Meanwhile, the Australian Taxation Office (ATO) will get more time to take a tax matter to the Federal Court – from four years to six years following the incident of alleged misconduct.

As part of the reforms, the ATO and the TPB will be able to refer ethical misconduct by advisers to professional associations for disciplinary action. The TPB will gain more time – up to two years – to carry out difficult investigations, while its public register of practitioners will be made more transparent.

The Treasury also wants to remove the limits on tax secrecy laws that blocked regulators from taking swifter action against PwC Australia over the tax leaks. Whistleblowers will gain more protection for the evidence they provide to the TPB.

A review will be launched into whether legal professional privilege has been used to obstruct investigations into misconduct. This could mean the government will later change the law regarding such client privileges on the grounds of public interest.

The Labor government will work to deliver regulatory changes over the next two years with a consultation held in the coming months. This will focus on key issues such as the sanctions available to the TPB.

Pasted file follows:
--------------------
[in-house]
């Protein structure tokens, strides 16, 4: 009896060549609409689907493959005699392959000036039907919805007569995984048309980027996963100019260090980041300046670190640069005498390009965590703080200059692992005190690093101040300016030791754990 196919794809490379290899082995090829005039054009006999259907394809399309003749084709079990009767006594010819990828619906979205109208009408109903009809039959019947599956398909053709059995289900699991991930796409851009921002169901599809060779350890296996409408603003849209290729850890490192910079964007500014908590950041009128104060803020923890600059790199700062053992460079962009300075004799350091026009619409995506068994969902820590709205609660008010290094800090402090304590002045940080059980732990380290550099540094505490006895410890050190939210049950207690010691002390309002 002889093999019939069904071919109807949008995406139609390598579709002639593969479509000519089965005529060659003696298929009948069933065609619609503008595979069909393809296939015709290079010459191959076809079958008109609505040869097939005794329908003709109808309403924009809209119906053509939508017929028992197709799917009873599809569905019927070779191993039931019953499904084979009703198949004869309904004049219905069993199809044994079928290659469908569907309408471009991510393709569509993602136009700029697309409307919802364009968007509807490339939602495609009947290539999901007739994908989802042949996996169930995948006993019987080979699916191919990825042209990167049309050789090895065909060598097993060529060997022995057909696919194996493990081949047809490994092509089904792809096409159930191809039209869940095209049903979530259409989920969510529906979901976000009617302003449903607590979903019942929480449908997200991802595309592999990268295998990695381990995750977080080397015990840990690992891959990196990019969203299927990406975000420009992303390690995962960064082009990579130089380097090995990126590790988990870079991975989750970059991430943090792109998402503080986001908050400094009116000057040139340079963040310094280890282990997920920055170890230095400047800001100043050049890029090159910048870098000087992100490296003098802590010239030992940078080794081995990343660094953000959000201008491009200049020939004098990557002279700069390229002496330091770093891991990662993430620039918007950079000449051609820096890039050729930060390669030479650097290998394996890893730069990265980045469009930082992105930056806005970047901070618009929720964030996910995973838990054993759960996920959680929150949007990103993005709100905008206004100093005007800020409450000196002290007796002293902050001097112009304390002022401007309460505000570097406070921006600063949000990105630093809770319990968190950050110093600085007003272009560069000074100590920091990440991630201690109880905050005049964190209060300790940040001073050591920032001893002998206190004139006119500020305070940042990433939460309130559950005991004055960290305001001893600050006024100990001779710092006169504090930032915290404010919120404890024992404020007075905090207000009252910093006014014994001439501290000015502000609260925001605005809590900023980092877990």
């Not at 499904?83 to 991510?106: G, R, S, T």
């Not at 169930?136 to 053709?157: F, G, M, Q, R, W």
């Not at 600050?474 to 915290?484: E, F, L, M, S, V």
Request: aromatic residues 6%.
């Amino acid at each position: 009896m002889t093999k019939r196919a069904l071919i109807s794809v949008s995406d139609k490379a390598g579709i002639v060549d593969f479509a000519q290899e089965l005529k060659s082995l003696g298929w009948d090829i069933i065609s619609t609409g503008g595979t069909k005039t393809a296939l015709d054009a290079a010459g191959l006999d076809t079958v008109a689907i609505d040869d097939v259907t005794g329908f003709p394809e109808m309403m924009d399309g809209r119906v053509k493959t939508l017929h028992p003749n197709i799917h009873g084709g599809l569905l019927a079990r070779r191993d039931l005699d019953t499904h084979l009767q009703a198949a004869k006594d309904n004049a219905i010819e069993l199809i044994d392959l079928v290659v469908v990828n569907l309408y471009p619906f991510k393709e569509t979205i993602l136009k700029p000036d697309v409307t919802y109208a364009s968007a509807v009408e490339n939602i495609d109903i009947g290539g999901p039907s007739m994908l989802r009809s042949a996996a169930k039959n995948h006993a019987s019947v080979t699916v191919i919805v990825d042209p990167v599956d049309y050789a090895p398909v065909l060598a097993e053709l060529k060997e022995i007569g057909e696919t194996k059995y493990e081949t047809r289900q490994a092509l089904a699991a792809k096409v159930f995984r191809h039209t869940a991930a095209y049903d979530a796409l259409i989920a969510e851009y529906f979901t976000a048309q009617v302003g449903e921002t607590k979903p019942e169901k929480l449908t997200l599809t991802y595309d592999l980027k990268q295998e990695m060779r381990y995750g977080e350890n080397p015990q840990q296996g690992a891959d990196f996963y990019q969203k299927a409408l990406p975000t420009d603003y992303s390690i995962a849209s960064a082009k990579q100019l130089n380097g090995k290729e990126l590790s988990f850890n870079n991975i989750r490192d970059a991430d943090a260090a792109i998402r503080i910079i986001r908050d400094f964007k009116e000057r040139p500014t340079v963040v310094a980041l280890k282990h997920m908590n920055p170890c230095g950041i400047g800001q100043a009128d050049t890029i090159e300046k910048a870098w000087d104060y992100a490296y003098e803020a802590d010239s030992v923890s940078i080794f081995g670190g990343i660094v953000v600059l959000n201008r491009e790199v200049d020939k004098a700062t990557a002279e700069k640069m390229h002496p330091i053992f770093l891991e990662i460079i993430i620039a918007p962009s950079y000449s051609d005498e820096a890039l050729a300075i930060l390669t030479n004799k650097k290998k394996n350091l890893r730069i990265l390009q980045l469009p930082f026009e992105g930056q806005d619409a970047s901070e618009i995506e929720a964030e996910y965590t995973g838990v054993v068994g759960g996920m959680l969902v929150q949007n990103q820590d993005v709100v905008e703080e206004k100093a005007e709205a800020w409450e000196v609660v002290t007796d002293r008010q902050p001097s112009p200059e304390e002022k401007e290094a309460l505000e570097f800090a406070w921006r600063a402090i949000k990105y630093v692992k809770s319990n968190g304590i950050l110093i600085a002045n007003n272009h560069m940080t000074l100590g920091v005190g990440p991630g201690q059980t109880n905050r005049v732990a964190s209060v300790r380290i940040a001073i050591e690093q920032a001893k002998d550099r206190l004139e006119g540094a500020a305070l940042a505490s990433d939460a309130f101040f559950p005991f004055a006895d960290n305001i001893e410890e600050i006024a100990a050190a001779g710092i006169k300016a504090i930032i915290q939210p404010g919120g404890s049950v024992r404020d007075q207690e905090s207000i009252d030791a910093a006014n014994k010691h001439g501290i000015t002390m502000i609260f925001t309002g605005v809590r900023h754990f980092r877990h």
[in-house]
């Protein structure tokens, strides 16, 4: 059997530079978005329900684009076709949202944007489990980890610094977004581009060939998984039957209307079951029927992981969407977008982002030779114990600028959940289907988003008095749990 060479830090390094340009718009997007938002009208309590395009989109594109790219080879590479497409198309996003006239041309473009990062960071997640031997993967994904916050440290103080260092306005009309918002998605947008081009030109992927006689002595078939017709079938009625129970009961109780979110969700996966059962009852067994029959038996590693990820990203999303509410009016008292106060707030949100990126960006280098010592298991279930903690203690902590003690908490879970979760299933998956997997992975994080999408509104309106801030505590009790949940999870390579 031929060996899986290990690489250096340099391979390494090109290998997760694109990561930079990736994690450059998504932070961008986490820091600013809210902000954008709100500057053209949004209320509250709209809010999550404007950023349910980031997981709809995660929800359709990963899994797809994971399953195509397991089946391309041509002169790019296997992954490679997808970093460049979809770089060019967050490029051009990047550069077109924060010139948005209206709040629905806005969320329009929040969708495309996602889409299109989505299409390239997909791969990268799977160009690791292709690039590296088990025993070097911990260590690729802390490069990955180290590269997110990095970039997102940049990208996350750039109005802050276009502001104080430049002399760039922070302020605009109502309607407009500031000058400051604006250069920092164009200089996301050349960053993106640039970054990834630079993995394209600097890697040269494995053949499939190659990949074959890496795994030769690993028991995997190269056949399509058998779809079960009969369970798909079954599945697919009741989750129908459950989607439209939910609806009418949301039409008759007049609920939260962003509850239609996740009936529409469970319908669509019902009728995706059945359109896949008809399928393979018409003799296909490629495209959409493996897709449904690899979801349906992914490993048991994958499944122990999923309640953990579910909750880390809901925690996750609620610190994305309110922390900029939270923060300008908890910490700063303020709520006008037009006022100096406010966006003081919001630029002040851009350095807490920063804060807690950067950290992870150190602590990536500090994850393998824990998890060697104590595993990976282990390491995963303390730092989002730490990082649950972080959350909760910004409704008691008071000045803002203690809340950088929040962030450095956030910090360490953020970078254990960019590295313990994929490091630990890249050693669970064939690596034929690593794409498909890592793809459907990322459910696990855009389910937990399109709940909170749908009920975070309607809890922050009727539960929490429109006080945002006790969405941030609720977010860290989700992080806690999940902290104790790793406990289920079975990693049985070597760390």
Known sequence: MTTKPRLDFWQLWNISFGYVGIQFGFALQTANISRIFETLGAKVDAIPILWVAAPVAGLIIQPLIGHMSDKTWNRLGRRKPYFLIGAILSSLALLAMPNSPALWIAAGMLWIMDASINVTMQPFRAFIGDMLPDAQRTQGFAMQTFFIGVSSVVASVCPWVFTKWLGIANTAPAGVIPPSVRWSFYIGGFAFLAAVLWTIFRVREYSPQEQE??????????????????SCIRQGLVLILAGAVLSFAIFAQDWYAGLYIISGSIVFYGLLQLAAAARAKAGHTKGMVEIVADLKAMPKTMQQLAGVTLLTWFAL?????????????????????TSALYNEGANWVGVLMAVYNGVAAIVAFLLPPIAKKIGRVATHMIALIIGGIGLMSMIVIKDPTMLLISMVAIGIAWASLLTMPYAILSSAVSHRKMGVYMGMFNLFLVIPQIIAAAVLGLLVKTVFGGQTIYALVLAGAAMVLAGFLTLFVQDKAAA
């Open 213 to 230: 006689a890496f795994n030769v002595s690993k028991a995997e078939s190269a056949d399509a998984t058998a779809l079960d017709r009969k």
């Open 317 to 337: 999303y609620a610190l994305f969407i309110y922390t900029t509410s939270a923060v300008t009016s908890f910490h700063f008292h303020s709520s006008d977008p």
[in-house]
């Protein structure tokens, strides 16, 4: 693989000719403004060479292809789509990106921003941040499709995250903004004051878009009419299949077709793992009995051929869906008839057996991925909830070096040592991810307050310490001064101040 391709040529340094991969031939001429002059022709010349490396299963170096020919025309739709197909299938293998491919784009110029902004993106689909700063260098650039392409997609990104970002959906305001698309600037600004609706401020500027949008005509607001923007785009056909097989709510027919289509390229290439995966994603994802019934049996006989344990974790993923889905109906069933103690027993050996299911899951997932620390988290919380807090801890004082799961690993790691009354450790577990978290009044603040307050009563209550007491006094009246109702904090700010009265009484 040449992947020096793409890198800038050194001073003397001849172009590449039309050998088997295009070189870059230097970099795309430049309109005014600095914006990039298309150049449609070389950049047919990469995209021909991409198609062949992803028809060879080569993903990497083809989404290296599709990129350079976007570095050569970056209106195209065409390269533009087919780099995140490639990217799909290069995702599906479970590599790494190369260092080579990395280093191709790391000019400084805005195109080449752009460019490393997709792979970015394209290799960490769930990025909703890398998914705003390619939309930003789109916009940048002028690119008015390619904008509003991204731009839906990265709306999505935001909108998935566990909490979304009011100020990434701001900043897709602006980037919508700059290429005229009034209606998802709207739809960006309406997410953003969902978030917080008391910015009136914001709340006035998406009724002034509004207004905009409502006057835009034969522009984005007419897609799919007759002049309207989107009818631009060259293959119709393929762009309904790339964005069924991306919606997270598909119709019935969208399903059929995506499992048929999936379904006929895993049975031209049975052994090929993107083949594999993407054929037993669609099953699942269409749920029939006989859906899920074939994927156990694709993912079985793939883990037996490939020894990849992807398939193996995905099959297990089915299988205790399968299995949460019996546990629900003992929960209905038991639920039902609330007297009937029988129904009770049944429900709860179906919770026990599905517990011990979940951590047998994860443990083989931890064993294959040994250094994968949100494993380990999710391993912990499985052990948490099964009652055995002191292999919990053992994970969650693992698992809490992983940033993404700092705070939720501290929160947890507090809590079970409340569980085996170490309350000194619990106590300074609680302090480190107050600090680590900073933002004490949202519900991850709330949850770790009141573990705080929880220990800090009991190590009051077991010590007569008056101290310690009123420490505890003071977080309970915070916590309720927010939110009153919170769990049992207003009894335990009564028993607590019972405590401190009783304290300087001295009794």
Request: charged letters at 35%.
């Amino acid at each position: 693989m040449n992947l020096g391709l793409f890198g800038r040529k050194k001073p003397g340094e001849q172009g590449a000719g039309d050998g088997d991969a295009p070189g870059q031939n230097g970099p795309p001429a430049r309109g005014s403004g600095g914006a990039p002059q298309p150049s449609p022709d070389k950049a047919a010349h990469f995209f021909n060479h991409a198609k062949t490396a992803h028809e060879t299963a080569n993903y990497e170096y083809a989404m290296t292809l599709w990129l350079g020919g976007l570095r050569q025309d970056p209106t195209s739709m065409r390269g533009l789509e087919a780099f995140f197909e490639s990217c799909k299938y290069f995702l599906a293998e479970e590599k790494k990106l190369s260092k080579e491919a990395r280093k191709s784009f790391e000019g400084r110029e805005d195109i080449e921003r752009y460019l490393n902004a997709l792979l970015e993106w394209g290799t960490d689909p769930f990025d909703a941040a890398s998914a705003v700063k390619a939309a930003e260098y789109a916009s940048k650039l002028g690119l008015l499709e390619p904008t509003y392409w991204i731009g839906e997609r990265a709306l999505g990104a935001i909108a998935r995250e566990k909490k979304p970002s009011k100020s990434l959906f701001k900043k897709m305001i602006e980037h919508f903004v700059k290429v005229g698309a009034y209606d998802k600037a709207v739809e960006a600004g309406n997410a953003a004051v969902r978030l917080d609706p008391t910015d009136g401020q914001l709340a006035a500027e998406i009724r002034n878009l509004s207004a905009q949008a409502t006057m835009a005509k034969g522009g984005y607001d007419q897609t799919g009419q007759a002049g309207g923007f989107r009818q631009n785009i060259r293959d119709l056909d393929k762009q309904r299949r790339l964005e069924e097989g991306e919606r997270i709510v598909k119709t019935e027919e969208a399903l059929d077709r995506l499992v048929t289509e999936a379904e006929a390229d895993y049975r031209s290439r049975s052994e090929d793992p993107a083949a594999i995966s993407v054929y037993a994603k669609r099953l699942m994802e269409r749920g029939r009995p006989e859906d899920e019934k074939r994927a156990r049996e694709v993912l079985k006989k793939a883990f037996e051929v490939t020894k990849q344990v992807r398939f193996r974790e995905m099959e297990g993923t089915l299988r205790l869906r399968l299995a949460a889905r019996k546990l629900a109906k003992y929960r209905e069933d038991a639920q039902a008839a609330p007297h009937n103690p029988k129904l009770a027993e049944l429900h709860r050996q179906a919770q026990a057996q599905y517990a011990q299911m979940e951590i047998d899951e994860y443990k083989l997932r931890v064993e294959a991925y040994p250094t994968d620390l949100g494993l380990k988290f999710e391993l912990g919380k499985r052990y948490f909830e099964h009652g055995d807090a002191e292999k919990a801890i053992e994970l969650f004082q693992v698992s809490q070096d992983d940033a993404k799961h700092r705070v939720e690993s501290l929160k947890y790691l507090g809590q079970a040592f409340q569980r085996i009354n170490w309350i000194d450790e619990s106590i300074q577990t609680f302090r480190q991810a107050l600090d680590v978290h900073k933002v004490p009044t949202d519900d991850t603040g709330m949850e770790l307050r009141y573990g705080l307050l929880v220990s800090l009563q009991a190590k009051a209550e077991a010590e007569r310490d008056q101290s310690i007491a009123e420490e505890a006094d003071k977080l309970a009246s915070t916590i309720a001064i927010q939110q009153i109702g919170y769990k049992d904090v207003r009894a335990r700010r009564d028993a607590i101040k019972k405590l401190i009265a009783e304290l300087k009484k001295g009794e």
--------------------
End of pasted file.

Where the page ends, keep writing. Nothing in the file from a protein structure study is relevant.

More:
There will be a series of reviews as part of this process. The Treasury will assess the penalties for the promoters of abusive tax schemes, as well as new forms of fraud and systemic abuse of the tax system by advisers.

The Finance Department will review the use of confidentiality arrangements across all government agencies to ensure they are enforceable as well as legally binding. It will also examine ways to minimise and eliminate conflicts of interest.

ITR has produced a timeline on the tax leads scandal. You can read it here.

more across site & bottom lb ros

More from across our site

The General Court reverses its position taken four years ago, while the UN discusses tax policy in New York.
Discussion on amount B under the first part of the OECD's two-pronged approach to international tax reform is far from over, if the latest consultation is anything go by.
Pillar two might be top of mind for many multinational companies, but the huge variations between countries’ readiness means getting ahead of the game now, argues Russell Gammon, chief solutions officer at Tax Systems.
ITR’s latest quarterly PDF is going live today, leading on the looming battle between the UN and the OECD for dominance in global tax policy.
Company tax changes are central to the German government’s plan to revive the economy, but sources say they miss the mark. Ralph Cunningham reports.
The winners of the ITR Americas Tax Awards have been announced for 2023!
There is a ‘huge demand’ for tax services in the Middle East, says new Clyde & Co partner Rachel Fox in an interview with ITR.
The ECB warns the tax could leave banks with weaker capital levels, while the UAE publishes guidance on its new corporate tax regime.
Caroline Setliffe and Ben Shem-Tov of Eversheds Sutherland give an overview of the US transfer pricing penalty regime and UK diverted profits tax considerations for multinational companies.
The result follows what EY said was one of the most successful years in the firm’s history.